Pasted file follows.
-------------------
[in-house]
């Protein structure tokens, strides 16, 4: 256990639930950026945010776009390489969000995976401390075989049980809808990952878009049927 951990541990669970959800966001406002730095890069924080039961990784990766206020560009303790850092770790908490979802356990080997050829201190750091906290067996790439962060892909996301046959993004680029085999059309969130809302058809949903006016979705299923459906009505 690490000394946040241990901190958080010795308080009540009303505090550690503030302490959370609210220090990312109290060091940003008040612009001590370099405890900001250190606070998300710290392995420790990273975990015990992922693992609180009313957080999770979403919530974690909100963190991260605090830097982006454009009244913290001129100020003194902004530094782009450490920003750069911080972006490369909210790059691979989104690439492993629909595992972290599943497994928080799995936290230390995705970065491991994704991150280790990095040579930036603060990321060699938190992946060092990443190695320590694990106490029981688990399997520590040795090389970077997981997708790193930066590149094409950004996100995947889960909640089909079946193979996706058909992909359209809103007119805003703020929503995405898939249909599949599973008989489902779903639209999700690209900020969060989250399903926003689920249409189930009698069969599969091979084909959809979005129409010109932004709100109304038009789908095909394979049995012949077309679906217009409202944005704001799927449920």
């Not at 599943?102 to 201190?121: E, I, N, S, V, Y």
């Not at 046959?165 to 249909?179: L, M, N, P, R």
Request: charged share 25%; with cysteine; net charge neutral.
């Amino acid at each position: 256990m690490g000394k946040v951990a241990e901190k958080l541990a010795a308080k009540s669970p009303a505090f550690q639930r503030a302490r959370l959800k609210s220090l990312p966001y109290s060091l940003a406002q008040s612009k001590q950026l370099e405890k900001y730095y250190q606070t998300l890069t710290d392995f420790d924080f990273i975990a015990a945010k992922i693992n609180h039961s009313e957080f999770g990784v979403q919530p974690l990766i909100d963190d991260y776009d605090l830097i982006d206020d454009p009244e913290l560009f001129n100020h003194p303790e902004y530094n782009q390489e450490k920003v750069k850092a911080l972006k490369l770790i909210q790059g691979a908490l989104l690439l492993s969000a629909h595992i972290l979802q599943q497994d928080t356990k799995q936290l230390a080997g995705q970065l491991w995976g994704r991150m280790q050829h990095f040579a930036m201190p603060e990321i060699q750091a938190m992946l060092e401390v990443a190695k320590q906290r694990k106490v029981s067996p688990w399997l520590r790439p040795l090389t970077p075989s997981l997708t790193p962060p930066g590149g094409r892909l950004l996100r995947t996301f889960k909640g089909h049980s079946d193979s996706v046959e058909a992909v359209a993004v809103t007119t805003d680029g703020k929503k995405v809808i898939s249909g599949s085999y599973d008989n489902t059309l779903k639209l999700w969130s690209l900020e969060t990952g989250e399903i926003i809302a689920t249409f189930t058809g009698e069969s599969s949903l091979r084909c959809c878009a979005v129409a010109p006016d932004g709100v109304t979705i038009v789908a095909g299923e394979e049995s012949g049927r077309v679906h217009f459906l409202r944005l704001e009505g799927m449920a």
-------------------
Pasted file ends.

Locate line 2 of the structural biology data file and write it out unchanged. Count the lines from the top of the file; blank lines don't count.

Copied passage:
């Protein structure tokens, strides 16, 4: 256990639930950026945010776009390489969000995976401390075989049980809808990952878009049927 951990541990669970959800966001406002730095890069924080039961990784990766206020560009303790850092770790908490979802356990080997050829201190750091906290067996790439962060892909996301046959993004680029085999059309969130809302058809949903006016979705299923459906009505 690490000394946040241990901190958080010795308080009540009303505090550690503030302490959370609210220090990312109290060091940003008040612009001590370099405890900001250190606070998300710290392995420790990273975990015990992922693992609180009313957080999770979403919530974690909100963190991260605090830097982006454009009244913290001129100020003194902004530094782009450490920003750069911080972006490369909210790059691979989104690439492993629909595992972290599943497994928080799995936290230390995705970065491991994704991150280790990095040579930036603060990321060699938190992946060092990443190695320590694990106490029981688990399997520590040795090389970077997981997708790193930066590149094409950004996100995947889960909640089909079946193979996706058909992909359209809103007119805003703020929503995405898939249909599949599973008989489902779903639209999700690209900020969060989250399903926003689920249409189930009698069969599969091979084909959809979005129409010109932004709100109304038009789908095909394979049995012949077309679906217009409202944005704001799927449920």